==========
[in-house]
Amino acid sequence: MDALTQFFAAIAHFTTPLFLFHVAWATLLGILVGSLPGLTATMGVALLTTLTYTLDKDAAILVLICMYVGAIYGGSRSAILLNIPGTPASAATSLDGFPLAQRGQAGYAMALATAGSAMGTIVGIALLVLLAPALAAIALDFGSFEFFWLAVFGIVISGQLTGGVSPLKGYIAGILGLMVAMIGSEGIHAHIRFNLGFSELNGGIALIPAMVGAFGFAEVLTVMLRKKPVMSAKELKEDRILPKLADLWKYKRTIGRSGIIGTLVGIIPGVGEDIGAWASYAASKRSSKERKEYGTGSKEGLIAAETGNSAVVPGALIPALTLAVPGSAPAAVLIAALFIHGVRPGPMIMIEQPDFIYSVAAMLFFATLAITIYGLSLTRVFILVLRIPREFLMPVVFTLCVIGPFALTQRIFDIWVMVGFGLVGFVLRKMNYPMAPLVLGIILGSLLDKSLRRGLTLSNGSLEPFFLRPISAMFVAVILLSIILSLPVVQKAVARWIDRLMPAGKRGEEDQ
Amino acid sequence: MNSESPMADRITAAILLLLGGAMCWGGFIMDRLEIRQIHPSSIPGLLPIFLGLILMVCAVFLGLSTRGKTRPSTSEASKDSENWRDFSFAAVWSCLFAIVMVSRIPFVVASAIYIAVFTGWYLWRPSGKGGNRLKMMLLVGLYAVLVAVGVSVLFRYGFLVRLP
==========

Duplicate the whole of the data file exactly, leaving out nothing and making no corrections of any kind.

[in-house]
Amino acid sequence: MDALTQFFAAIAHFTTPLFLFHVAWATLLGILVGSLPGLTATMGVALLTTLTYTLDKDAAILVLICMYVGAIYGGSRSAILLNIPGTPASAATSLDGFPLAQRGQAGYAMALATAGSAMGTIVGIALLVLLAPALAAIALDFGSFEFFWLAVFGIVISGQLTGGVSPLKGYIAGILGLMVAMIGSEGIHAHIRFNLGFSELNGGIALIPAMVGAFGFAEVLTVMLRKKPVMSAKELKEDRILPKLADLWKYKRTIGRSGIIGTLVGIIPGVGEDIGAWASYAASKRSSKERKEYGTGSKEGLIAAETGNSAVVPGALIPALTLAVPGSAPAAVLIAALFIHGVRPGPMIMIEQPDFIYSVAAMLFFATLAITIYGLSLTRVFILVLRIPREFLMPVVFTLCVIGPFALTQRIFDIWVMVGFGLVGFVLRKMNYPMAPLVLGIILGSLLDKSLRRGLTLSNGSLEPFFLRPISAMFVAVILLSIILSLPVVQKAVARWIDRLMPAGKRGEEDQ
Amino acid sequence: MNSESPMADRITAAILLLLGGAMCWGGFIMDRLEIRQIHPSSIPGLLPIFLGLILMVCAVFLGLSTRGKTRPSTSEASKDSENWRDFSFAAVWSCLFAIVMVSRIPFVVASAIYIAVFTGWYLWRPSGKGGNRLKMMLLVGLYAVLVAVGVSVLFRYGFLVRLP